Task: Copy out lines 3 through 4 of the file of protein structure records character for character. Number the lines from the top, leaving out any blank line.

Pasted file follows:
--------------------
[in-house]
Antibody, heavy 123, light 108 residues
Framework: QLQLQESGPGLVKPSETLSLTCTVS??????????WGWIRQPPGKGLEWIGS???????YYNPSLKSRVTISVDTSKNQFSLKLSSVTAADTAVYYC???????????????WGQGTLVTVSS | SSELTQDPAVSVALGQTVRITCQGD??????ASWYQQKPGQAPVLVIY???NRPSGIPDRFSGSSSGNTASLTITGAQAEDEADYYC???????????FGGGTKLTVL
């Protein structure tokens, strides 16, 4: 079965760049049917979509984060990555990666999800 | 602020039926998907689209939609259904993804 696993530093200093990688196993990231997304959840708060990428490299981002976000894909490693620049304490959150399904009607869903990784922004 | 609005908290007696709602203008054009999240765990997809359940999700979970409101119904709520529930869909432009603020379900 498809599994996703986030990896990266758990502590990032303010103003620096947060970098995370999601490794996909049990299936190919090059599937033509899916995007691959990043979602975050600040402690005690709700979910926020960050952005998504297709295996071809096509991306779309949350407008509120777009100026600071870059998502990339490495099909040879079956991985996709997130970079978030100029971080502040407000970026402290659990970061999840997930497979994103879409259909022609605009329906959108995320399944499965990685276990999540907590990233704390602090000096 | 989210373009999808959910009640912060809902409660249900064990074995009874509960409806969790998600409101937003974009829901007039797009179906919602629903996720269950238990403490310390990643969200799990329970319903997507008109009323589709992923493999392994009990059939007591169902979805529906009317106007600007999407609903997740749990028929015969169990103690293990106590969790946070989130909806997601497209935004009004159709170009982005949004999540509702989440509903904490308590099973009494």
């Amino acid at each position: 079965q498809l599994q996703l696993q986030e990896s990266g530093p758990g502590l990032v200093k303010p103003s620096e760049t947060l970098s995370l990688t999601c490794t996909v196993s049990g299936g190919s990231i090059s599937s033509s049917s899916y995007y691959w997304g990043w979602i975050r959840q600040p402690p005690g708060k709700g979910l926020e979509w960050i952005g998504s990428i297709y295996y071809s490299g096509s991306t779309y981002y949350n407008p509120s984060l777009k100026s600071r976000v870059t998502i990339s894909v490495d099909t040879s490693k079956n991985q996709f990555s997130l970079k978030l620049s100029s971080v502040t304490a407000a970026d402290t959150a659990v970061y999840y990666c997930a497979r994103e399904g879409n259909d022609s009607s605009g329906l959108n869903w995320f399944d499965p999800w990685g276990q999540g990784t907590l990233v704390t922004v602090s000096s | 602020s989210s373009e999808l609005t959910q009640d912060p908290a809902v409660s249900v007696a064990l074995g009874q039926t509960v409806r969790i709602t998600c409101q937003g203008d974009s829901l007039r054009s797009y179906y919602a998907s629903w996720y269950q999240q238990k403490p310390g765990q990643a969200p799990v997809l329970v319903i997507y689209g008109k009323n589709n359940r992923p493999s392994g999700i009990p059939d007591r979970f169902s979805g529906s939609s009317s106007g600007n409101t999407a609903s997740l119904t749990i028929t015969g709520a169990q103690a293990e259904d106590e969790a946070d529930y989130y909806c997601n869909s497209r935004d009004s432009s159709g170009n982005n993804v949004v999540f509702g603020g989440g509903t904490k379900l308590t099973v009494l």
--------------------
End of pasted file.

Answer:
Framework: QLQLQESGPGLVKPSETLSLTCTVS??????????WGWIRQPPGKGLEWIGS???????YYNPSLKSRVTISVDTSKNQFSLKLSSVTAADTAVYYC???????????????WGQGTLVTVSS | SSELTQDPAVSVALGQTVRITCQGD??????ASWYQQKPGQAPVLVIY???NRPSGIPDRFSGSSSGNTASLTITGAQAEDEADYYC???????????FGGGTKLTVL
């Protein structure tokens, strides 16, 4: 079965760049049917979509984060990555990666999800 | 602020039926998907689209939609259904993804 696993530093200093990688196993990231997304959840708060990428490299981002976000894909490693620049304490959150399904009607869903990784922004 | 609005908290007696709602203008054009999240765990997809359940999700979970409101119904709520529930869909432009603020379900 498809599994996703986030990896990266758990502590990032303010103003620096947060970098995370999601490794996909049990299936190919090059599937033509899916995007691959990043979602975050600040402690005690709700979910926020960050952005998504297709295996071809096509991306779309949350407008509120777009100026600071870059998502990339490495099909040879079956991985996709997130970079978030100029971080502040407000970026402290659990970061999840997930497979994103879409259909022609605009329906959108995320399944499965990685276990999540907590990233704390602090000096 | 989210373009999808959910009640912060809902409660249900064990074995009874509960409806969790998600409101937003974009829901007039797009179906919602629903996720269950238990403490310390990643969200799990329970319903997507008109009323589709992923493999392994009990059939007591169902979805529906009317106007600007999407609903997740749990028929015969169990103690293990106590969790946070989130909806997601497209935004009004159709170009982005949004999540509702989440509903904490308590099973009494």